[The works attributed by this writer to the authors mentioned by him in the article cannot be found in any British library of reference. The reader must draw his own inference as to their authenticity. His historical oriental and occidental accuracy is also doubtful, ED. S.L.T.]
TAX DECISIONS AND LIFERENTERS'
Two very recent decisions regarding supertax deserve consideration for the bearing which they may have upon the rights of liferenters of trust funds. It is true that no question between liferenter and fiar arose in either case, but in both cases the issue was income or capital. The cases are Inland Revenue V. Forrest in the Second Division of the Court of Session, decided on 26th February last and reported in 1924 "Scots Law Times" 356, and Inland Revenue v. Burrell in the English Court of Appeal, decided on 4th April last and reported in 40 Times Law Reports 562. The Scottish case related to apportionment when stocks are purchased cum div. The English case related to a company's undistributed profits existing at the date of liquidation, carried into the general fund, and distributed by the liquidator in the form of "dividends upon the shares. These are just the kinds of circumstances in which troublesome questions are apt to arise in the administration of trust
estates as regards the substantial rights of a liferenter or liferentrix.
In. Forrest's case the subject of sale was 100 £10 shares in a company whose practice was to make up accounts to 28th February in each year and to declare and pay a dividend on 13th May of the same year for the year to 28th February preceding. The sale was made on 25th November 25th November 1919. The price was £1050, and the missives expressly bore, "the odd £50 being to cover the portion of dividend accrued to date"; that is to say, the one-half, corresponding to the period between 28th February and 25th November 1919, of a 10 per cent. dividend, free of tax, for the company's financial year ending 28th February 1920, which it was expected would be declared and paid in May 1920. That expectation was realised. A dividend of 10 per cent. on the £1000 is £100, and £100 free of tax, when tax is 6s., is approximately equal to £142 gross, and it was so taken in the case. Accordingly that makes the £50 equal to £71 gross. purchaser received the full year's dividend in May 1920, and the question was whether he was bound to bring into his super-tax account for 1921-22 the whole £142 or only £71. He claimed that he should bring in only £71, being in effect the part of the dividend accruing between the date of his purchase and the close of the company's financial year. He maintained that he was entitled to exclude the £71 corresponding to the first half of that financial year, on the ground that to that extent the dividend had been purchased by him with his capital, and that to the same extent it was accordingly capital and not income in his person. These arguments were sustained by the Special Commissioners, but their determination was reversed by the Second Division. The grounds of reversal were practically just the arguments used by the Crown, namely, that the dividend was not purchased, as there was not in fact at the date of the purchase any dividend declared which could be purchased; that what was purchased was the shares themselves, these being valued by the parties above par on account of the possibility of a dividend being declared; and that the whole transaction was simply a capital transaction.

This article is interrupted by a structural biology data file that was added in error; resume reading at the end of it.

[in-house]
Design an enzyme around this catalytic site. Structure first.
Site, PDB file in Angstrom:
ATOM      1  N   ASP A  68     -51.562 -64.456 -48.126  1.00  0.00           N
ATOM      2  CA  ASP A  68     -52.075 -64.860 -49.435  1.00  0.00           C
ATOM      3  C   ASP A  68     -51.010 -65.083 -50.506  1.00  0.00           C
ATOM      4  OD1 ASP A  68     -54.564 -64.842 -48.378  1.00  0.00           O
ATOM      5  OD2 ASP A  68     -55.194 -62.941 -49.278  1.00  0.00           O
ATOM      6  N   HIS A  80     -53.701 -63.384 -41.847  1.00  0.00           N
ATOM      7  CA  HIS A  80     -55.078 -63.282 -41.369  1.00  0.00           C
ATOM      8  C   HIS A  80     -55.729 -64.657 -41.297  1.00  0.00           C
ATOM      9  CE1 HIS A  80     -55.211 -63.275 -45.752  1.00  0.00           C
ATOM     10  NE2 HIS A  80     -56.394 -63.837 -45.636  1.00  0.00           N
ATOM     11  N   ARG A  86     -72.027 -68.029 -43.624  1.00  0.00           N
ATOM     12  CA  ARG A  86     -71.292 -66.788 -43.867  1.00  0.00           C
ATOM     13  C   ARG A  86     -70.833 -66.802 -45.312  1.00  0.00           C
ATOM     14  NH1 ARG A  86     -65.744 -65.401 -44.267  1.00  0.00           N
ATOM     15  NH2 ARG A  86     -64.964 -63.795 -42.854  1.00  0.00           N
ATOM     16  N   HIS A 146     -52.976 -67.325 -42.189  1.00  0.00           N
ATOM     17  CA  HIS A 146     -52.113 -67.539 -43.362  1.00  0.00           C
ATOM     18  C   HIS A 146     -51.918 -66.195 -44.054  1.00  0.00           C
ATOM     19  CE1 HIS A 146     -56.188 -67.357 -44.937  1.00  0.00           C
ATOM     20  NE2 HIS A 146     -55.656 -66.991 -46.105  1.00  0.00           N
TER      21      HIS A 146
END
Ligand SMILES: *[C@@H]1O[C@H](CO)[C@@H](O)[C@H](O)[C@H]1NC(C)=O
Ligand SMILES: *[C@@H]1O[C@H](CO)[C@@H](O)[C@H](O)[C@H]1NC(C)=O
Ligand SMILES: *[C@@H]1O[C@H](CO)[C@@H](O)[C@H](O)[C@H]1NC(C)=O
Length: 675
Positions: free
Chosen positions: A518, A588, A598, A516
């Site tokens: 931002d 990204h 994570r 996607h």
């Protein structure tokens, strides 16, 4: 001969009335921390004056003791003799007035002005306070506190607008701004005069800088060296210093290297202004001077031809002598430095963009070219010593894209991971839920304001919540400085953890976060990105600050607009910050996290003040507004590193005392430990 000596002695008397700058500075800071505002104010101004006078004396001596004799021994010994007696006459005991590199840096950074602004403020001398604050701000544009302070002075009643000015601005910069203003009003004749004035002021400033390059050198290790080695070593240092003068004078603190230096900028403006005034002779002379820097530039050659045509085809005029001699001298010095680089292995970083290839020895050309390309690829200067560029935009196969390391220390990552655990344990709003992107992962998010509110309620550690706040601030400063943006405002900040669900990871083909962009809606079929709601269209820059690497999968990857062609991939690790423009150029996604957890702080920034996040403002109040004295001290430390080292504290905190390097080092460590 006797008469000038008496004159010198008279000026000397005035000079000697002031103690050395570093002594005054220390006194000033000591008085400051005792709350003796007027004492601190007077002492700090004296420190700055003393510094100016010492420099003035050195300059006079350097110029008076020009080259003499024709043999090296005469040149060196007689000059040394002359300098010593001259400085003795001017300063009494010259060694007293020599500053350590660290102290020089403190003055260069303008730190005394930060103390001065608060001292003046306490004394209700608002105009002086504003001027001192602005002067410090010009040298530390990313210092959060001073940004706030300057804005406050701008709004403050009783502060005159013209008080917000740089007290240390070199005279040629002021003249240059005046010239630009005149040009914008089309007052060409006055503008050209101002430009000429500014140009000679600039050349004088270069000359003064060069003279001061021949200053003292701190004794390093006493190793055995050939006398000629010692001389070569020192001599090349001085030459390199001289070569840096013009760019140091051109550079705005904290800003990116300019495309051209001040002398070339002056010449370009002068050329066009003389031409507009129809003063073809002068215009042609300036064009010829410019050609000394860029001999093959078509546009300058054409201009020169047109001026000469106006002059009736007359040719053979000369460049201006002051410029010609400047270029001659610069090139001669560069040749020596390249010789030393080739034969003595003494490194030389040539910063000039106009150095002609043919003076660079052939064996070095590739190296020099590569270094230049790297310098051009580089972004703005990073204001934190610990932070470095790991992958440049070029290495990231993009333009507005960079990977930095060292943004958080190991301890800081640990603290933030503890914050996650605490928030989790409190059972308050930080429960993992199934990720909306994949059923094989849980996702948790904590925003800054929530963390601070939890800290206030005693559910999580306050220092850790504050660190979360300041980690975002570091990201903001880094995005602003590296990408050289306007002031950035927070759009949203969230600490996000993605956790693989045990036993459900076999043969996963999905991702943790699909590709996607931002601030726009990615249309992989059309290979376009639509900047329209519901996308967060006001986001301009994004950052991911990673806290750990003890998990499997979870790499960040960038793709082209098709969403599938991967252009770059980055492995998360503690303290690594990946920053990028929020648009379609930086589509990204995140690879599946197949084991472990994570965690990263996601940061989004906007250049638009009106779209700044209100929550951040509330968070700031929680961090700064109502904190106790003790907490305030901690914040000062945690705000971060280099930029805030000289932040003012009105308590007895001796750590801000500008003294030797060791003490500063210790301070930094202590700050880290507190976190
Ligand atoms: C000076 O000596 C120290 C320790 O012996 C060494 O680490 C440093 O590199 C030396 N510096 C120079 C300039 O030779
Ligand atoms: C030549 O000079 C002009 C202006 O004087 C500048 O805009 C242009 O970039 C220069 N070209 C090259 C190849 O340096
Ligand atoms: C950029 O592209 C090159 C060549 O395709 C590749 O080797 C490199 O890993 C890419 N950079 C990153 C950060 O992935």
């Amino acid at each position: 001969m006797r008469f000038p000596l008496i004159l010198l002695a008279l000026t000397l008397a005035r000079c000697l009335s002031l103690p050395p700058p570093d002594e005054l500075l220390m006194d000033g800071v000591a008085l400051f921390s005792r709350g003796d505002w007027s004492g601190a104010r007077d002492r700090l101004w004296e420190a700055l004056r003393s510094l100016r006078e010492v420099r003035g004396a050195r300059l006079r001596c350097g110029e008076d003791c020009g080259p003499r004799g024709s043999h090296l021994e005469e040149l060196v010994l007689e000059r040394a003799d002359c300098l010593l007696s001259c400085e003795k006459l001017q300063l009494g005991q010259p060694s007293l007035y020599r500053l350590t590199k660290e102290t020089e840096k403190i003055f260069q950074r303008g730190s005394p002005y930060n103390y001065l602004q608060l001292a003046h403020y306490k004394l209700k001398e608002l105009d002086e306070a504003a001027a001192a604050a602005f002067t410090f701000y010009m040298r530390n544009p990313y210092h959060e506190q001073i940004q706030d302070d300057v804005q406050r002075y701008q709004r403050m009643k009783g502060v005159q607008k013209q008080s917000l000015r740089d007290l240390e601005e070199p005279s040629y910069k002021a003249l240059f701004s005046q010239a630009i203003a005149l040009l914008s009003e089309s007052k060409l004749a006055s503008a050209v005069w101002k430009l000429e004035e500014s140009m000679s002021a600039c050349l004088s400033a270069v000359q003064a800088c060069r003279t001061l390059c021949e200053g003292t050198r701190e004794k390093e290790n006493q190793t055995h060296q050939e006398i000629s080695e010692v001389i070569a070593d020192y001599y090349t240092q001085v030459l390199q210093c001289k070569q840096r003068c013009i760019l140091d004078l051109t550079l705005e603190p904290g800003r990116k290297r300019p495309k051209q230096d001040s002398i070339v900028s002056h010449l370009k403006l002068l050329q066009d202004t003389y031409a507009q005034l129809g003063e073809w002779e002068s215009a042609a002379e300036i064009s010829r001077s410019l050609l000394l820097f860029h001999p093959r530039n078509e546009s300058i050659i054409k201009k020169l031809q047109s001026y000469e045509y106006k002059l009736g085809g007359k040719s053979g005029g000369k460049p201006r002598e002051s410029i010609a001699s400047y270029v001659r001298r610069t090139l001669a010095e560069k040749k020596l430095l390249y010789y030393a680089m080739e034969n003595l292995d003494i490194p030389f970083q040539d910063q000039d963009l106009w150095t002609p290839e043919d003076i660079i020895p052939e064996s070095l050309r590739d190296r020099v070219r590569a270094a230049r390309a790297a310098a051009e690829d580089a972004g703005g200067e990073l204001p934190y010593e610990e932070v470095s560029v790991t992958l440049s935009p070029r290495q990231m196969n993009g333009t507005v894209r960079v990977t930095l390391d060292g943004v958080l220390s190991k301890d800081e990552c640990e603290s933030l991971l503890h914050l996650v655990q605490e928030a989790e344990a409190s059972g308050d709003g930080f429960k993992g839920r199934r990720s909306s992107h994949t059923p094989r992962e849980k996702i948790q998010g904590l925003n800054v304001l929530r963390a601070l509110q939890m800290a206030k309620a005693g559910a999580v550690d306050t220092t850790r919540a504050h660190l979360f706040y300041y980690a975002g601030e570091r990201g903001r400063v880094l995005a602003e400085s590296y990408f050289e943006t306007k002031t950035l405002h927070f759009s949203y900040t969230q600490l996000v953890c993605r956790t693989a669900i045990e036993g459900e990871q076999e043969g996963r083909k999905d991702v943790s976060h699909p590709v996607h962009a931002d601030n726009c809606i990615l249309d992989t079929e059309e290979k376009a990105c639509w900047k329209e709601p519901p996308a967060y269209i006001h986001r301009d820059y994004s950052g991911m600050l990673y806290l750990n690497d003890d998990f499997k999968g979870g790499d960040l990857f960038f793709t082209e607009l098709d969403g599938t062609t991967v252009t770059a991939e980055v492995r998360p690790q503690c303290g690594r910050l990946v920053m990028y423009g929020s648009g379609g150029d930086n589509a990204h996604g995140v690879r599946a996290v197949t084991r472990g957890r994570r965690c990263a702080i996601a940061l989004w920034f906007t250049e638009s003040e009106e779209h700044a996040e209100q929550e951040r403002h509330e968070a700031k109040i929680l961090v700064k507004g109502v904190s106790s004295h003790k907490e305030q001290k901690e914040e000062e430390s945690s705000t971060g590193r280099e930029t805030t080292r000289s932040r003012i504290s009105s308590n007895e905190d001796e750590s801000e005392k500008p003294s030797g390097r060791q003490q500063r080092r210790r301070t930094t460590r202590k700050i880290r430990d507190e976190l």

There was agreement that the special reference in the missives to "the odd £50" did not affect the merits of the case. The following quotations from the opinions are important and sufficient. The Lord Justice-Clerk said:
The respondent's contention involves that the sum payable by way of dividend in May 1920 upon these shares, a sum prima facie consisting of the income upon the shares, changes its character as by the touch of a conjurer's wand and becomes capital, simply and solely because of the enhanced price